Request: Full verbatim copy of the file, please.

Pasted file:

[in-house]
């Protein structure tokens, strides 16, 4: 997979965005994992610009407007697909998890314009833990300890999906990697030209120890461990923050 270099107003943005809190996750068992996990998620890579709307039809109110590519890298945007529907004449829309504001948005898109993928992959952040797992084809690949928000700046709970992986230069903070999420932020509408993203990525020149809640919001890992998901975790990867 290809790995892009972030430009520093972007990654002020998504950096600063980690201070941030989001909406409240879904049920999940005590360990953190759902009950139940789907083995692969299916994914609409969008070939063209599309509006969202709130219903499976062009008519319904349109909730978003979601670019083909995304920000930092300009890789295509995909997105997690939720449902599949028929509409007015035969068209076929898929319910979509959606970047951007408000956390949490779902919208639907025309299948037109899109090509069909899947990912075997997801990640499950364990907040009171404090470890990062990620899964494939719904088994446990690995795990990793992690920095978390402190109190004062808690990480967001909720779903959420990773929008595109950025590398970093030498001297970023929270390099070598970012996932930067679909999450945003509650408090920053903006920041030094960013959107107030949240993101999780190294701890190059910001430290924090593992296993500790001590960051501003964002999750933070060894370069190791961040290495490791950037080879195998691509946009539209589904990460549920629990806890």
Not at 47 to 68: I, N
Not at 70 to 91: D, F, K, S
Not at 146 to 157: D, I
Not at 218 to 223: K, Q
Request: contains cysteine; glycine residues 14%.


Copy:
[in-house]
């Protein structure tokens, strides 16, 4: 997979965005994992610009407007697909998890314009833990300890999906990697030209120890461990923050 270099107003943005809190996750068992996990998620890579709307039809109110590519890298945007529907004449829309504001948005898109993928992959952040797992084809690949928000700046709970992986230069903070999420932020509408993203990525020149809640919001890992998901975790990867 290809790995892009972030430009520093972007990654002020998504950096600063980690201070941030989001909406409240879904049920999940005590360990953190759902009950139940789907083995692969299916994914609409969008070939063209599309509006969202709130219903499976062009008519319904349109909730978003979601670019083909995304920000930092300009890789295509995909997105997690939720449902599949028929509409007015035969068209076929898929319910979509959606970047951007408000956390949490779902919208639907025309299948037109899109090509069909899947990912075997997801990640499950364990907040009171404090470890990062990620899964494939719904088994446990690995795990990793992690920095978390402190109190004062808690990480967001909720779903959420990773929008595109950025590398970093030498001297970023929270390099070598970012996932930067679909999450945003509650408090920053903006920041030094960013959107107030949240993101999780190294701890190059910001430290924090593992296993500790001590960051501003964002999750933070060894370069190791961040290495490791950037080879195998691509946009539209589904990460549920629990806890």
Not at 47 to 68: I, N
Not at 70 to 91: D, F, K, S
Not at 146 to 157: D, I
Not at 218 to 223: K, Q
Request: contains cysteine; glycine residues 14%.